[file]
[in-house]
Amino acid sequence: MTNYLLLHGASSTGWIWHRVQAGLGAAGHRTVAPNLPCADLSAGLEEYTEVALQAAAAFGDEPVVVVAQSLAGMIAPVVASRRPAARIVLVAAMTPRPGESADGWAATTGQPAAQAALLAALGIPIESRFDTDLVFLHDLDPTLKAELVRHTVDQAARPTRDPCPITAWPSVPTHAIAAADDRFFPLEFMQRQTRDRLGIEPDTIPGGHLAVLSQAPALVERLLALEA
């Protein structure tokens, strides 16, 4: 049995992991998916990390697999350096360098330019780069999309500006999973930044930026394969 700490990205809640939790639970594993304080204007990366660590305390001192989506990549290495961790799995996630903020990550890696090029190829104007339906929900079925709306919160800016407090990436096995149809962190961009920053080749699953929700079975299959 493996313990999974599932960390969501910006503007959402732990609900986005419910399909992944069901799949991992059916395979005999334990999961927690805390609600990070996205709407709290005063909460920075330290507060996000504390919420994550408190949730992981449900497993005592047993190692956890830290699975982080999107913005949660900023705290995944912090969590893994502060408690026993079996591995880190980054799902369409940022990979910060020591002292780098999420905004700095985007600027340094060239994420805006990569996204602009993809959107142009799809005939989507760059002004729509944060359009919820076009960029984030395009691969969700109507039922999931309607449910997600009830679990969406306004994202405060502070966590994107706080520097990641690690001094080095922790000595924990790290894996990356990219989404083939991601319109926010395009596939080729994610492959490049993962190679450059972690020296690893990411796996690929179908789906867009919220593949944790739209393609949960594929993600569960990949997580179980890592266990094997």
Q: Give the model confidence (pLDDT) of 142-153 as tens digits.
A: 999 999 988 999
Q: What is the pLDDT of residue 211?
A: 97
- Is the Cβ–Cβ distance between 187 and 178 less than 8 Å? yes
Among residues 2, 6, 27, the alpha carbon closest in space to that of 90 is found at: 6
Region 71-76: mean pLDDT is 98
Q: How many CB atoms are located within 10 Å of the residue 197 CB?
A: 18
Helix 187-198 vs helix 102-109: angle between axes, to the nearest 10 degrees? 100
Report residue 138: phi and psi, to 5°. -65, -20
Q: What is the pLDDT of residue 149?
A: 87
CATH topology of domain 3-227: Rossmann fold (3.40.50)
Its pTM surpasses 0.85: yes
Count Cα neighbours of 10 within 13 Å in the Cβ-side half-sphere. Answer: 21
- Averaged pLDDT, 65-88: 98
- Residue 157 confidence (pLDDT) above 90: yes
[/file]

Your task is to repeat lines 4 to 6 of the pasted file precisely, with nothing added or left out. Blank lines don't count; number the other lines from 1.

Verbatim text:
Q: Give the model confidence (pLDDT) of 142-153 as tens digits.
A: 999 999 988 999
Q: What is the pLDDT of residue 211?